South Africa likens draft climate deal to apartheid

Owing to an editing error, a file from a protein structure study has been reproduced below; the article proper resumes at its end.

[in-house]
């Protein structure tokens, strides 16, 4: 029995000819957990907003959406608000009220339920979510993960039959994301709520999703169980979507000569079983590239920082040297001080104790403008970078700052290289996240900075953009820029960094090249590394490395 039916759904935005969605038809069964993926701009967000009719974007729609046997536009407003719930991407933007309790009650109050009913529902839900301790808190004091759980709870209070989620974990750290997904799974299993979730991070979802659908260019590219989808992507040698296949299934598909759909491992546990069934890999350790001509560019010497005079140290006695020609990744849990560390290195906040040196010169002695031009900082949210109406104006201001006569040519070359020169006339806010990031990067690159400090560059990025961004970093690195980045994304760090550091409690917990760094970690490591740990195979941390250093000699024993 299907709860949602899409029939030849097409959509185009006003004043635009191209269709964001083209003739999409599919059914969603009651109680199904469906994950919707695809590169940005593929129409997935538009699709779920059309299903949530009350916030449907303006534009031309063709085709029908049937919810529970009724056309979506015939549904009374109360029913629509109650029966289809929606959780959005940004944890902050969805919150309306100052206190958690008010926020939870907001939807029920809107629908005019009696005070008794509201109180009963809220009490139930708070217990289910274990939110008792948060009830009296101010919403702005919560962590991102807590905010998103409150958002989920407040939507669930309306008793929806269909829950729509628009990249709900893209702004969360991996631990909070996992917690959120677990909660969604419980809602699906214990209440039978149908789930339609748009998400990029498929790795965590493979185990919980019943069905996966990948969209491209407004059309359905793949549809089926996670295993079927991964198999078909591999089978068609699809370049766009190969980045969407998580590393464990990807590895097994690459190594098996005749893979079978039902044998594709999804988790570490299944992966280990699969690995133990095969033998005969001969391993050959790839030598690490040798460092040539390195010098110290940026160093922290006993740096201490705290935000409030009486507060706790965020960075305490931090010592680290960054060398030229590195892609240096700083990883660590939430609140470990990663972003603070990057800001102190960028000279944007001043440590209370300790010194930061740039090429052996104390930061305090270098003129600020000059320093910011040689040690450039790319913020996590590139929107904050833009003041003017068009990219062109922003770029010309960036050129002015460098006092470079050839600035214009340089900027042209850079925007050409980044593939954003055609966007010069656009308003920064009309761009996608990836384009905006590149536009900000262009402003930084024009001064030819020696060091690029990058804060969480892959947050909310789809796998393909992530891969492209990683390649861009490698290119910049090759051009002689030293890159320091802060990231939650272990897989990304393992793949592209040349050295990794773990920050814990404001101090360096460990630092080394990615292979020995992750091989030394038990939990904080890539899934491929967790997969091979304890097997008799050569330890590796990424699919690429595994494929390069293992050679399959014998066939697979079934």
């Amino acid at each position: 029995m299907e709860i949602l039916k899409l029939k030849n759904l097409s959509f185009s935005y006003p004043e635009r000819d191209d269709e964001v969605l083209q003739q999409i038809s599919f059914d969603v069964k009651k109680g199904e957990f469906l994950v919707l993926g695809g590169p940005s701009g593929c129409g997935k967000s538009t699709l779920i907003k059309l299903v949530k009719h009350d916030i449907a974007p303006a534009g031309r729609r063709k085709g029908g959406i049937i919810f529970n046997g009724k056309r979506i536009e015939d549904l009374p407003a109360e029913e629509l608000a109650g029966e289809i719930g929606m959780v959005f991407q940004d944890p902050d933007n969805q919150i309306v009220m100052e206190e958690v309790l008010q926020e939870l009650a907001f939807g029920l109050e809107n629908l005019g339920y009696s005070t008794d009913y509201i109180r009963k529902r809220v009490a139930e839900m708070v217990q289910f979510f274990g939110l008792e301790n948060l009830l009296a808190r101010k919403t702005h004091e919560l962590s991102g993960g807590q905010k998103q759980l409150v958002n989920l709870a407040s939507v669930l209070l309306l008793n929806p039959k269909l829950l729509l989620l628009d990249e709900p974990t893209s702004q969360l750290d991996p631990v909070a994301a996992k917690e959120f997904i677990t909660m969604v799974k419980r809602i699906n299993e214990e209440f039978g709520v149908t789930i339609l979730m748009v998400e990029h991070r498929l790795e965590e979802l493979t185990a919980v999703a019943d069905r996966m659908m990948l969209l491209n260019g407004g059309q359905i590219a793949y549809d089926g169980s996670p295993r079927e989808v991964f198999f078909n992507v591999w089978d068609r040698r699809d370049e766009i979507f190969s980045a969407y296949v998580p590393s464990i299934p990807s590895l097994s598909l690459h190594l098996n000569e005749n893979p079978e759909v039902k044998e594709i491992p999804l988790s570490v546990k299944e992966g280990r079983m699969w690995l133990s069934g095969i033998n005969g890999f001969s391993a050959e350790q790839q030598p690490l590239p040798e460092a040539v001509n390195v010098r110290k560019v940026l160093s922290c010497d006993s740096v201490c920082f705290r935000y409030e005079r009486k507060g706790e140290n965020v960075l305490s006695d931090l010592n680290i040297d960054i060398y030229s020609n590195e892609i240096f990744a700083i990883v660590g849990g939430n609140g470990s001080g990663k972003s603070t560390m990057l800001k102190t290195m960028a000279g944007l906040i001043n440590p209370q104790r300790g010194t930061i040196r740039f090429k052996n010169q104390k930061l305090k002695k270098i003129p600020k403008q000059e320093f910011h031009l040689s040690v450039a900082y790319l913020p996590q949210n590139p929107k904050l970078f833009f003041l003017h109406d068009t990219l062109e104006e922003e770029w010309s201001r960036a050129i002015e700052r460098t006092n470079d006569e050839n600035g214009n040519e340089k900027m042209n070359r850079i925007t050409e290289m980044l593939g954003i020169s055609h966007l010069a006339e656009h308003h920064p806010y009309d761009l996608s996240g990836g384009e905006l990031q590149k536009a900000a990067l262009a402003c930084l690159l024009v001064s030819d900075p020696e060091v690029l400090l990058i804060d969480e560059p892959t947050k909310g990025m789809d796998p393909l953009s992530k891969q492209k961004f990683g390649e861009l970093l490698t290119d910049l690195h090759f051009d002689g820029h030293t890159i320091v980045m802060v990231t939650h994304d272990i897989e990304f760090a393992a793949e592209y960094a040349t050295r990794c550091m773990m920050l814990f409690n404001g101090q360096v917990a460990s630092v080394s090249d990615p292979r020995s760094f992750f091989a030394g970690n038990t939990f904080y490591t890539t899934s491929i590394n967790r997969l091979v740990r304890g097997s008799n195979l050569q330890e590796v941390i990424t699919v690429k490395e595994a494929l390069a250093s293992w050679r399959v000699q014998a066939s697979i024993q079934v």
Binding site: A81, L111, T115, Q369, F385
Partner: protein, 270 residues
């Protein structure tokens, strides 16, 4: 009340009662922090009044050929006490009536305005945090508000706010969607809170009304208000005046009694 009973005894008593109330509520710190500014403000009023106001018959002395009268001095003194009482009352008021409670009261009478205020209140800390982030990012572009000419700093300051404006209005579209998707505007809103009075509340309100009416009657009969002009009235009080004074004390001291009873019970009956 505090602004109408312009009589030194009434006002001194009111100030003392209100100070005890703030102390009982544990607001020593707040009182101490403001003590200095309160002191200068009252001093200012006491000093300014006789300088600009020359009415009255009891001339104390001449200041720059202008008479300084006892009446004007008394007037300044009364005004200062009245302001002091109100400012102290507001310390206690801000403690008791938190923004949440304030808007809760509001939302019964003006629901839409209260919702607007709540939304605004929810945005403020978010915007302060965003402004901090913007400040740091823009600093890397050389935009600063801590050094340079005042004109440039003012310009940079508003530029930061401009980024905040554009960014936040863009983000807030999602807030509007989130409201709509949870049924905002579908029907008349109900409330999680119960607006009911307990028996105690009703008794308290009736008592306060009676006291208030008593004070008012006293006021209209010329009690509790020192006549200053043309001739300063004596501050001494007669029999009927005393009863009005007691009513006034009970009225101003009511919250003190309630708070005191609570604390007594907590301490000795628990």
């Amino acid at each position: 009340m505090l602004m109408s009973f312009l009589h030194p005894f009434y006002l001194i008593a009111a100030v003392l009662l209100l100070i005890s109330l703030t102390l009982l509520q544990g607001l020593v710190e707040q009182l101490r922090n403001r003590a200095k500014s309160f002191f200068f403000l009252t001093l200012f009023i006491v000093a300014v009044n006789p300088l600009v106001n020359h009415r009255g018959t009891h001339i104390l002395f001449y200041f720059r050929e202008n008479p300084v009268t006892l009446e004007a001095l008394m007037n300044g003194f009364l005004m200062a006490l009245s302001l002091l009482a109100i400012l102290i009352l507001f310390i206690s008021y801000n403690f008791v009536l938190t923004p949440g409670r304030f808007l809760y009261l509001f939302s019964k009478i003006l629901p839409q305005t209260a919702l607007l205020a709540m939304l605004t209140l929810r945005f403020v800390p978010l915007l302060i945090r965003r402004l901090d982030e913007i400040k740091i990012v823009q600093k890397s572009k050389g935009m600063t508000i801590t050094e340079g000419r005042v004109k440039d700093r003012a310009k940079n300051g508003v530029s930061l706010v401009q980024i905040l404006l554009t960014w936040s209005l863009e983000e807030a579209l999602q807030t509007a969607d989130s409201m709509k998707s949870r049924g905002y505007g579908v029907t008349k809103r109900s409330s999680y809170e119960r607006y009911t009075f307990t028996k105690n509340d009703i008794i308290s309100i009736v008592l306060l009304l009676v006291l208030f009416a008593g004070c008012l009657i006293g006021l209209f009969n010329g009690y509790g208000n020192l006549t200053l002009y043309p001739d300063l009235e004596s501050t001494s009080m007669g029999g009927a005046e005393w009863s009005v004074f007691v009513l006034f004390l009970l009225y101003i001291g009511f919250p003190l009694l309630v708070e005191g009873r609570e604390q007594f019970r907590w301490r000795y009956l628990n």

By Alister Doyle BONN, Germany (Reuters) - South Africa on Monday criticized a draft United Nations accord on fighting climate change as a form of "apartheid" against developing nations. A summit in Paris is supposed to agree a global accord for tackling climate change in December, but a last week of negotiations on the draft text, which began in Germany on Monday, got off to a stormy start with developing nations saying their demands had been omitted from the pared down 20-page draft. "It is just like apartheid," Nozipho Joyce Mxakato-Diseko, South Africa's delegate who speaks on behalf of the main grouping of more than 130 developing nations and China, told the meeting. "We find ourselves in a position where in essence we are disenfranchised," she said, saying views of the poor had been ignored. South Africa's apartheid system was overthrown in 1994 when Nelson Mandela became the nation's first black president. Developing countries said the draft, drawn up by two senior diplomats, favored rich nations and failed to stress that developed nations needed to take the lead in cutting greenhouse gas emissions and to provide far more aid and clean energy technology. U.S. delegation leader Trigg Talley said the new text could work as a basis for talks. "This document has many things that most parties cannot agree with," he said. Rich nations want to ensure that emerging economies will commit to act. Christiana Figueres, the U.N.'s climate chief, expressed confidence the talks were on track for a deal at the Nov. 30-Dec. 11 summit in France, meant to cut greenhouse gas emissions blamed for global warming that is causing more frequent and severe floods, droughts, heatwaves and rising sea levels. "We will get to an agreement by the end of Paris," she told Reuters Television. "Perhaps the reaction here is that we went from a text that has too much in it to a text that has too little." The developing nations won a demand on Monday that they could re-insert national demands into the text, raising fears by some that it could again become unwieldy. The previous version ran to 80 pages. U.N. Secretary General Ban Ki-moon urged negotiators to drop narrow national interests. "There is no time to waste," he told a news conference in Slovakia. "It has been quite frustrating to see negotiators negotiating only based on their very narrow national perspectives. This is not a national issue, it's a global issue." (Additional reporting by Tatiana Jancarikova; Editing by Janet Lawrence)